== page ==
Barnum ran for the United States Congress in 1867 and lost. In 1875, Barnum as mayor of Bridgeport, Connecticut, worked to improve the water supply, bring gas lighting to streets, and enforce liquor and prostitution laws. Barnum was instrumental in starting Bridgeport Hospital, founded in 1878, and was its first president.
Barnum enjoyed what he publicly dubbed "profitable philanthropy." In Barnum's own words: "I have no desire to be considered much of a philanthropist...if by improving and beautifying our city Bridgeport, Connecticut, and adding to the pleasure and prosperity of my neighbors, I can do so at a profit, the incentive to 'good works' will be twice as strong as if it were otherwise." In line with this philosophy was Barnum's pursuit of major American museums and spectacles. Less known are Barnum's significant contributions to Tufts University. Barnum was appointed to the Board of Trustees prior to the University's founding and made several significant contributions to the fledgling institution. The most noteworthy example of this was his gift in 1883 of $50,000 ($2,000,000 in 2013), to establish a museum and hall for the Department of Natural History, which today houses the department of biology. Because of the relationship between Barnum and Tufts, Jumbo the elephant became the school's mascot, and Tufts students are known as "Jumbos."[3
Jim Webb is a patriot, a warrior, and a scholar. While I disagree with him on a number of policy points, he may well have the most impressive biography of any candidate still in the race. Yet spectacles like his fellow Democrats’ enemies lists are exactly what we get when the bulk of our aristocratic class (I’m going to stop using the term “elite” until that status is earned) is largely divorced from the harsh realities of the world. They don’t understand what an enemy is because — thanks to the sacrifices of men like Jim Webb — they haven’t felt the fear and horror of up-close encounters with true evil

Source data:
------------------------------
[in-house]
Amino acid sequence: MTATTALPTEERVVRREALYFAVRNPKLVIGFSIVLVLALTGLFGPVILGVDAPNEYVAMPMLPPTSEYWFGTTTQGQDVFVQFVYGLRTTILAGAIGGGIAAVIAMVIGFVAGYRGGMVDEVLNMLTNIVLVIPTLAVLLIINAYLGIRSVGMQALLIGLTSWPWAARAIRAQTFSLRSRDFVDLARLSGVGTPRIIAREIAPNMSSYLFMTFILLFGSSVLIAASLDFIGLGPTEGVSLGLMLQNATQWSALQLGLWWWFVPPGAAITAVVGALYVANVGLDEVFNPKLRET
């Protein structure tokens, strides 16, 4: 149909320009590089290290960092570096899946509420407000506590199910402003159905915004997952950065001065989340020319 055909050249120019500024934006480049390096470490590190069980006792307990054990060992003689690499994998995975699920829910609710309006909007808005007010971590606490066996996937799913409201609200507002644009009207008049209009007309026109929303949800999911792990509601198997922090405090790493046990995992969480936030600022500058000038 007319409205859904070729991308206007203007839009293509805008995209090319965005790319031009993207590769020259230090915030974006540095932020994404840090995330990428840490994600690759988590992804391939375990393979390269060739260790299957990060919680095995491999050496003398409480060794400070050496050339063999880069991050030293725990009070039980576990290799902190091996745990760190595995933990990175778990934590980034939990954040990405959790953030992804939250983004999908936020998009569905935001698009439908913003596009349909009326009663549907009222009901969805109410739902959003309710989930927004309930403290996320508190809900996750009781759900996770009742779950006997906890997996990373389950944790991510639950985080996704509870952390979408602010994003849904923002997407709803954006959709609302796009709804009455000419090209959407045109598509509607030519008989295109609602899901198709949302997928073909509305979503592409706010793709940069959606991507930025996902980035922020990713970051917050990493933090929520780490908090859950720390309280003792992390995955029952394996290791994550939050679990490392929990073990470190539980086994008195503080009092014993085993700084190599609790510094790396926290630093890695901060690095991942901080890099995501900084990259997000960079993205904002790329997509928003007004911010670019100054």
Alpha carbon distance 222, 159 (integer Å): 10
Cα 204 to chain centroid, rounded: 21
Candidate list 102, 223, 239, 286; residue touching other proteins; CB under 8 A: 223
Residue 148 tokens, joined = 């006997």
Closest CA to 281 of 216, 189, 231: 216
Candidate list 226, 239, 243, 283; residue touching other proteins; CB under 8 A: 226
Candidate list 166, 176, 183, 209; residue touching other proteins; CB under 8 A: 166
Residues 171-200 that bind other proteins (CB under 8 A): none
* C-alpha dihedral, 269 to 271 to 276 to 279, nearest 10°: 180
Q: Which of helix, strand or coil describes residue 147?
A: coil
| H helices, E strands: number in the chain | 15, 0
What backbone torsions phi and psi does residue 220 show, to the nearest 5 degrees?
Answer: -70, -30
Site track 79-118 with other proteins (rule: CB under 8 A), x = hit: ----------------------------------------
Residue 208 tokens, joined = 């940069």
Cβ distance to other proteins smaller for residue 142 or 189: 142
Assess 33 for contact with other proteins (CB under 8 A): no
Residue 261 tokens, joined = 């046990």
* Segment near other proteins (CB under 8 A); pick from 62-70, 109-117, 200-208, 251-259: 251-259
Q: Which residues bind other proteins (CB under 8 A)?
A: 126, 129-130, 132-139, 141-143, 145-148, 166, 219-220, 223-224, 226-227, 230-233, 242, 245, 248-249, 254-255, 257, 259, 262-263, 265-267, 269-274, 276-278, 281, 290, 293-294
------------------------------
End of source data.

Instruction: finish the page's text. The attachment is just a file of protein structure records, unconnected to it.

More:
Read more at: http://www.nationalreview.com/corner/425565/lesson-our-political-aristocrats-jim-webb-puts-enemies-perspective-david-french
It does better at conveying the sense of " them who think they are better than others"
Clinton gained in five of the six national polls taken after the debate. This shouldn’t be too surprising: Media spin is what matters most after a debate, and Clinton received very positive coverage. That’s in contrast to her media coverage before the debate, which was very negative. What’s a little bit uncertain is how much ground she picked up. The average has her up 6 percentage points, but CNN found her down 1 point, and the Emerson College poll had her up 15 points.
"How would you not be a third Obama Term" Hillary's answer is " I have a ****